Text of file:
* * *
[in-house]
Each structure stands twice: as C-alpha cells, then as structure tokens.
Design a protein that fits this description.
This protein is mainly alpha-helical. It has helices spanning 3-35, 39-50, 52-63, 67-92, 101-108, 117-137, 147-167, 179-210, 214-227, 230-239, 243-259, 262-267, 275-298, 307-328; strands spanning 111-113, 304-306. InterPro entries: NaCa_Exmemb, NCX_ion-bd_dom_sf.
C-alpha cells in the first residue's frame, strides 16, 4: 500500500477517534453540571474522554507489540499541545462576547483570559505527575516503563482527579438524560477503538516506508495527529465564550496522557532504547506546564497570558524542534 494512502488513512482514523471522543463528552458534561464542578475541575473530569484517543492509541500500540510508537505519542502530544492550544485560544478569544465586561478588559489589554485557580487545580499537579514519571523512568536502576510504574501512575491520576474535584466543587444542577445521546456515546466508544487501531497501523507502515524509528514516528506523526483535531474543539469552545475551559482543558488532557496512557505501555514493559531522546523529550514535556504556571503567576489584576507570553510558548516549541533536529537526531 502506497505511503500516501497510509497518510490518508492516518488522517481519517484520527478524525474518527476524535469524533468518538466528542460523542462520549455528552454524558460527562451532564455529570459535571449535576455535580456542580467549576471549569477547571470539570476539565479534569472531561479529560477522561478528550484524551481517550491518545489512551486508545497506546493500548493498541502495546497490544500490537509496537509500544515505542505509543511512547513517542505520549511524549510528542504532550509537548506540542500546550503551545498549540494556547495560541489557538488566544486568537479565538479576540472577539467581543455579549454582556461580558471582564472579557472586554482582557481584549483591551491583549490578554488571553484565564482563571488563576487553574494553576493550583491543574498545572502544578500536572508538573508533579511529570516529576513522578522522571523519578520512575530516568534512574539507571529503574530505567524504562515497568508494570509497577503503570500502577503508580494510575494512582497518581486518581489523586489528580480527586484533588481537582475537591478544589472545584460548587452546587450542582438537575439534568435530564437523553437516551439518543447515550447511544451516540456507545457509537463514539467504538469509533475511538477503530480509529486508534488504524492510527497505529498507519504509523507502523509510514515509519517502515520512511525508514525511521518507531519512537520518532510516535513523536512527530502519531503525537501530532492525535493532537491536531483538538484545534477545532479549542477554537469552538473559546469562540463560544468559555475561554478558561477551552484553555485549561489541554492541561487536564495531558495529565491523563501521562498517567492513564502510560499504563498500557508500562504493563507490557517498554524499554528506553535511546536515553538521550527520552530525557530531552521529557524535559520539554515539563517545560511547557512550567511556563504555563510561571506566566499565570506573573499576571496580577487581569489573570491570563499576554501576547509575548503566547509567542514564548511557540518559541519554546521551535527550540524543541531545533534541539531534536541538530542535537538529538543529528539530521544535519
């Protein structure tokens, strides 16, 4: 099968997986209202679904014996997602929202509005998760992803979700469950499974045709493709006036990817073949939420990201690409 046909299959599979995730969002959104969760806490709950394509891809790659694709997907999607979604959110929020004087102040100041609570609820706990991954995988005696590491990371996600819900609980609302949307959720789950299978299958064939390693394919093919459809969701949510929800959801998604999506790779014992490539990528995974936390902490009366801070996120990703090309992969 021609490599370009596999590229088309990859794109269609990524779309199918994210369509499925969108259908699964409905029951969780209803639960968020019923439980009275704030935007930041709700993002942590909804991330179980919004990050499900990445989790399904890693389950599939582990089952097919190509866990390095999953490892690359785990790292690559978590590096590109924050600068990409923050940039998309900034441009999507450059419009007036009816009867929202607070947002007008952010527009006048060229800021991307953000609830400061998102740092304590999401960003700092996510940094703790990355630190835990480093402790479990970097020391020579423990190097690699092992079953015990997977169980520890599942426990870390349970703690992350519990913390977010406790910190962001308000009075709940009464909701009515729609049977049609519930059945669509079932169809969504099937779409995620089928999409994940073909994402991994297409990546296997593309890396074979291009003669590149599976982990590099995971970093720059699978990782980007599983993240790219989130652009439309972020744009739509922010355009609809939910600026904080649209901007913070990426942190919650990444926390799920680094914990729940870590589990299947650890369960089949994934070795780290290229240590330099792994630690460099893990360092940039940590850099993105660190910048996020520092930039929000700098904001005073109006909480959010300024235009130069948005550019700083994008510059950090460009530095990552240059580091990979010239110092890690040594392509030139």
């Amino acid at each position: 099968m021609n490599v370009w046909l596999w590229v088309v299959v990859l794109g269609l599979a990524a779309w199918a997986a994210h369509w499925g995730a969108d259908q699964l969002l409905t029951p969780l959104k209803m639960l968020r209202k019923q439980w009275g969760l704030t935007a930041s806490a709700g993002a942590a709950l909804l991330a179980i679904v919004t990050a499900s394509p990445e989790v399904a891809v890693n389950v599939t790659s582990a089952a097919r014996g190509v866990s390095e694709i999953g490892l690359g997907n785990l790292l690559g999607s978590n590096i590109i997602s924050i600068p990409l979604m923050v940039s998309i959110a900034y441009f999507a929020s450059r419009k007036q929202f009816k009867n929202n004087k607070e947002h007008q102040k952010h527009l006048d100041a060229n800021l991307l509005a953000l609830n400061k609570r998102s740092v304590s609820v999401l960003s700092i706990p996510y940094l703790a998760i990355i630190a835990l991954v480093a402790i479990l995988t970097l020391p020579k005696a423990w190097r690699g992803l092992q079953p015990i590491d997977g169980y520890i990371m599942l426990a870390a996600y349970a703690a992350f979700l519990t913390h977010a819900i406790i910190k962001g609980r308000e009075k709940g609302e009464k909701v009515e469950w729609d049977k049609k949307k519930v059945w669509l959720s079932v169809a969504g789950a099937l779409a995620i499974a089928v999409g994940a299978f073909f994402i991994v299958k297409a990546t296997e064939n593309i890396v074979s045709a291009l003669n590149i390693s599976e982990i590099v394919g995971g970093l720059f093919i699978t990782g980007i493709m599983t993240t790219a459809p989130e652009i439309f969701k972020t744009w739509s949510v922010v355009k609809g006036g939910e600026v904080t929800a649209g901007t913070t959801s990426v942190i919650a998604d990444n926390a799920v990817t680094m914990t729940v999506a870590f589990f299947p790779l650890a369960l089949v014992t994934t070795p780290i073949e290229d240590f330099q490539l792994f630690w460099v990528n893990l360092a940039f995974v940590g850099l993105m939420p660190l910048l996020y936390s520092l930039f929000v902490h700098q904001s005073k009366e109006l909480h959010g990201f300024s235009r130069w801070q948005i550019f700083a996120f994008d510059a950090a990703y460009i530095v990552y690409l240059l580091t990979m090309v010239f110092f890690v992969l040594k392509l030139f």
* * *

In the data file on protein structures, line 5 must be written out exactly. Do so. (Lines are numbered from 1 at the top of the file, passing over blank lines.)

C-alpha cells in the first residue's frame, strides 16, 4: 500500500477517534453540571474522554507489540499541545462576547483570559505527575516503563482527579438524560477503538516506508495527529465564550496522557532504547506546564497570558524542534 494512502488513512482514523471522543463528552458534561464542578475541575473530569484517543492509541500500540510508537505519542502530544492550544485560544478569544465586561478588559489589554485557580487545580499537579514519571523512568536502576510504574501512575491520576474535584466543587444542577445521546456515546466508544487501531497501523507502515524509528514516528506523526483535531474543539469552545475551559482543558488532557496512557505501555514493559531522546523529550514535556504556571503567576489584576507570553510558548516549541533536529537526531 502506497505511503500516501497510509497518510490518508492516518488522517481519517484520527478524525474518527476524535469524533468518538466528542460523542462520549455528552454524558460527562451532564455529570459535571449535576455535580456542580467549576471549569477547571470539570476539565479534569472531561479529560477522561478528550484524551481517550491518545489512551486508545497506546493500548493498541502495546497490544500490537509496537509500544515505542505509543511512547513517542505520549511524549510528542504532550509537548506540542500546550503551545498549540494556547495560541489557538488566544486568537479565538479576540472577539467581543455579549454582556461580558471582564472579557472586554482582557481584549483591551491583549490578554488571553484565564482563571488563576487553574494553576493550583491543574498545572502544578500536572508538573508533579511529570516529576513522578522522571523519578520512575530516568534512574539507571529503574530505567524504562515497568508494570509497577503503570500502577503508580494510575494512582497518581486518581489523586489528580480527586484533588481537582475537591478544589472545584460548587452546587450542582438537575439534568435530564437523553437516551439518543447515550447511544451516540456507545457509537463514539467504538469509533475511538477503530480509529486508534488504524492510527497505529498507519504509523507502523509510514515509519517502515520512511525508514525511521518507531519512537520518532510516535513523536512527530502519531503525537501530532492525535493532537491536531483538538484545534477545532479549542477554537469552538473559546469562540463560544468559555475561554478558561477551552484553555485549561489541554492541561487536564495531558495529565491523563501521562498517567492513564502510560499504563498500557508500562504493563507490557517498554524499554528506553535511546536515553538521550527520552530525557530531552521529557524535559520539554515539563517545560511547557512550567511556563504555563510561571506566566499565570506573573499576571496580577487581569489573570491570563499576554501576547509575548503566547509567542514564548511557540518559541519554546521551535527550540524543541531545533534541539531534536541538530542535537538529538543529528539530521544535519